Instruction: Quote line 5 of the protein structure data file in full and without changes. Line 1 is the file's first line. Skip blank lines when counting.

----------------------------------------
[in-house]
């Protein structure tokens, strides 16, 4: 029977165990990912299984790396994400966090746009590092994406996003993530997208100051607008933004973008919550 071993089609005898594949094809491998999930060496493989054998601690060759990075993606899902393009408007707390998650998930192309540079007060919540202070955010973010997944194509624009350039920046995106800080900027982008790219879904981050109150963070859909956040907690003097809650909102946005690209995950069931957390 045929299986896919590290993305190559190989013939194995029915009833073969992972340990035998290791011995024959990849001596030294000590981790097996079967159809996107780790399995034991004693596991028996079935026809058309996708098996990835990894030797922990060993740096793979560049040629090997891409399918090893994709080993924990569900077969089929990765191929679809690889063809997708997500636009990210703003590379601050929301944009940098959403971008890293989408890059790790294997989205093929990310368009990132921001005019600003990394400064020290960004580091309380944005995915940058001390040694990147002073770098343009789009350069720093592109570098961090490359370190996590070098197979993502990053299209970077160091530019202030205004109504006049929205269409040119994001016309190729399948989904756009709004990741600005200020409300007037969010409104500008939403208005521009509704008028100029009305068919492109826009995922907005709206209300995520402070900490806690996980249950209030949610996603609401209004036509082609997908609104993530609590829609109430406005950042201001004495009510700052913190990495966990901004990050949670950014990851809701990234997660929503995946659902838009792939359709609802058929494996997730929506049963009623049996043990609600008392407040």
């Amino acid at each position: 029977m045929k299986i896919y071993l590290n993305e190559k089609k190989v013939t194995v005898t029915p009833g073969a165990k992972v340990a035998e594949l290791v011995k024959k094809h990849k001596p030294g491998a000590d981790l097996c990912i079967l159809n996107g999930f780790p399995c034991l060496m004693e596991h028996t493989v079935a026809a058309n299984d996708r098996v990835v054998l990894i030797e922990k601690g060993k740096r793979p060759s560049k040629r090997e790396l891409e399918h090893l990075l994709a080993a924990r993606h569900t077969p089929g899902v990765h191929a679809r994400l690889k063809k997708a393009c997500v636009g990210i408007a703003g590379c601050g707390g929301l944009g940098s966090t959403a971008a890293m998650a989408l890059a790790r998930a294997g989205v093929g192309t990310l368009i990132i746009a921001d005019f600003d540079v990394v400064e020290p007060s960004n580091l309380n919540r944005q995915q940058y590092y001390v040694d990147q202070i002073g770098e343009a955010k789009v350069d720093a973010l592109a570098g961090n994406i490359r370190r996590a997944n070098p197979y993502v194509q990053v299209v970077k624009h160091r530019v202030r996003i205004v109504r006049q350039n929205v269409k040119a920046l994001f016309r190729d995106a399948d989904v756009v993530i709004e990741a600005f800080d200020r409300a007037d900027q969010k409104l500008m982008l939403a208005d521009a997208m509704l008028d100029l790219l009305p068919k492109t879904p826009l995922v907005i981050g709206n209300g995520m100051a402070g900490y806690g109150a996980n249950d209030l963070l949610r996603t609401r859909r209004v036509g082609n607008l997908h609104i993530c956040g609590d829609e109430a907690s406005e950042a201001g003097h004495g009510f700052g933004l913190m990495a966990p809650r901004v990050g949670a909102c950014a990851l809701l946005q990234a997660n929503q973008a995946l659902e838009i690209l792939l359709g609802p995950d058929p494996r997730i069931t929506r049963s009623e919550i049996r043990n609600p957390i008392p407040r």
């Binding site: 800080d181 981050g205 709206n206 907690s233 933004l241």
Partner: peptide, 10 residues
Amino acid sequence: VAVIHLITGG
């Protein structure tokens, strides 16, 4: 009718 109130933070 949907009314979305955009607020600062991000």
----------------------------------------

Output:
Partner: peptide, 10 residues